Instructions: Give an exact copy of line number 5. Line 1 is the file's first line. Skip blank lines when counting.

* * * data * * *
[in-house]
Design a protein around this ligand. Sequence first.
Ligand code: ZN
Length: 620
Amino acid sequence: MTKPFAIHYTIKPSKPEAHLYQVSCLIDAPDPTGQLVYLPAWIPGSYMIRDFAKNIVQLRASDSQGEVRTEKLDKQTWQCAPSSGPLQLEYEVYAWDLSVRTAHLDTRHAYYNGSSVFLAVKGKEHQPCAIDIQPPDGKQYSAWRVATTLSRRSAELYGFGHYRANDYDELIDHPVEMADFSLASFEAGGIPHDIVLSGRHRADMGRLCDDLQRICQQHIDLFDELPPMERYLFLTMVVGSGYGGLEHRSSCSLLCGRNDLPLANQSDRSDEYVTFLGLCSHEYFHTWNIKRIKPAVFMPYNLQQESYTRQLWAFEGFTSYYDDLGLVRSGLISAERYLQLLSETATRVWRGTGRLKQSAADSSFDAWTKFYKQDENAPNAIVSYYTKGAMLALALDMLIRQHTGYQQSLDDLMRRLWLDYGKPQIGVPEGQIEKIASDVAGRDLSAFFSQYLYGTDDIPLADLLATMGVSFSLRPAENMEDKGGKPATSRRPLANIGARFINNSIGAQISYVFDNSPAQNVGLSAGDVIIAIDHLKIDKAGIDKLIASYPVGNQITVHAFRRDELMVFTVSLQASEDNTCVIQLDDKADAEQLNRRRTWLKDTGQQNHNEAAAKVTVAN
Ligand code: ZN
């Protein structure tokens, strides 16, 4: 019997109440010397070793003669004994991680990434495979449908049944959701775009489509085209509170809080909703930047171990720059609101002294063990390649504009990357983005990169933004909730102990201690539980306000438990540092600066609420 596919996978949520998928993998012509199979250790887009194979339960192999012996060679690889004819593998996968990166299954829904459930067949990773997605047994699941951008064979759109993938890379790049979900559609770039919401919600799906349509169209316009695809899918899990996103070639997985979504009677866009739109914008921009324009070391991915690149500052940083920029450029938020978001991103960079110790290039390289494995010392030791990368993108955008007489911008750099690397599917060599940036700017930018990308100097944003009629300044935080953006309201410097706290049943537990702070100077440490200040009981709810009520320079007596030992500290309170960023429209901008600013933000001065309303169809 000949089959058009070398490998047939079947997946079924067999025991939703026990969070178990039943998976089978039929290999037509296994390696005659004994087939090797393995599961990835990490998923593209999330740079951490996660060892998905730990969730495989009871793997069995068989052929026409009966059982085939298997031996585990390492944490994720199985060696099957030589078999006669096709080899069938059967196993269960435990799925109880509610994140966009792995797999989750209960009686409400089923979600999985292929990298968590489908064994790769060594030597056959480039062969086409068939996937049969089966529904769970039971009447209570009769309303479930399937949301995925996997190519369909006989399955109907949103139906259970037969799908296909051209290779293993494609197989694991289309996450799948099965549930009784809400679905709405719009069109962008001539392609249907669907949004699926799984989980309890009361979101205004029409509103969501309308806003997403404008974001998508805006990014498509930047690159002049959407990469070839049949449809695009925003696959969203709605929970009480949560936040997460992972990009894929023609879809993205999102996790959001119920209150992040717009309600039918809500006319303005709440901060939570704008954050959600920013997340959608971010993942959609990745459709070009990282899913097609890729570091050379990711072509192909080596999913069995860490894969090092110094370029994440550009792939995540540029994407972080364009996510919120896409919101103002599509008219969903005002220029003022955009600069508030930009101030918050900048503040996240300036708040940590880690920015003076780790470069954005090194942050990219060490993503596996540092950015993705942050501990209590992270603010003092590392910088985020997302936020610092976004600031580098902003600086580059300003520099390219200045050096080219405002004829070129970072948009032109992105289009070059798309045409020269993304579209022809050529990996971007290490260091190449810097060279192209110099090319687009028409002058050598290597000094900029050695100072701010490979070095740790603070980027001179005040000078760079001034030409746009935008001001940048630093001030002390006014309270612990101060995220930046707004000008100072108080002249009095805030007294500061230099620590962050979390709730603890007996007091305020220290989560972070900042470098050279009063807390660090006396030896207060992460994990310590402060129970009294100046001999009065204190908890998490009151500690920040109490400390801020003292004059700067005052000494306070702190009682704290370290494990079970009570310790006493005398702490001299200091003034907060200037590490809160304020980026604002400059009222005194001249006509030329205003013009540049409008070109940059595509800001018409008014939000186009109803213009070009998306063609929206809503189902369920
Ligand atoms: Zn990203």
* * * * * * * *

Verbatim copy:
Amino acid sequence: MTKPFAIHYTIKPSKPEAHLYQVSCLIDAPDPTGQLVYLPAWIPGSYMIRDFAKNIVQLRASDSQGEVRTEKLDKQTWQCAPSSGPLQLEYEVYAWDLSVRTAHLDTRHAYYNGSSVFLAVKGKEHQPCAIDIQPPDGKQYSAWRVATTLSRRSAELYGFGHYRANDYDELIDHPVEMADFSLASFEAGGIPHDIVLSGRHRADMGRLCDDLQRICQQHIDLFDELPPMERYLFLTMVVGSGYGGLEHRSSCSLLCGRNDLPLANQSDRSDEYVTFLGLCSHEYFHTWNIKRIKPAVFMPYNLQQESYTRQLWAFEGFTSYYDDLGLVRSGLISAERYLQLLSETATRVWRGTGRLKQSAADSSFDAWTKFYKQDENAPNAIVSYYTKGAMLALALDMLIRQHTGYQQSLDDLMRRLWLDYGKPQIGVPEGQIEKIASDVAGRDLSAFFSQYLYGTDDIPLADLLATMGVSFSLRPAENMEDKGGKPATSRRPLANIGARFINNSIGAQISYVFDNSPAQNVGLSAGDVIIAIDHLKIDKAGIDKLIASYPVGNQITVHAFRRDELMVFTVSLQASEDNTCVIQLDDKADAEQLNRRRTWLKDTGQQNHNEAAAKVTVAN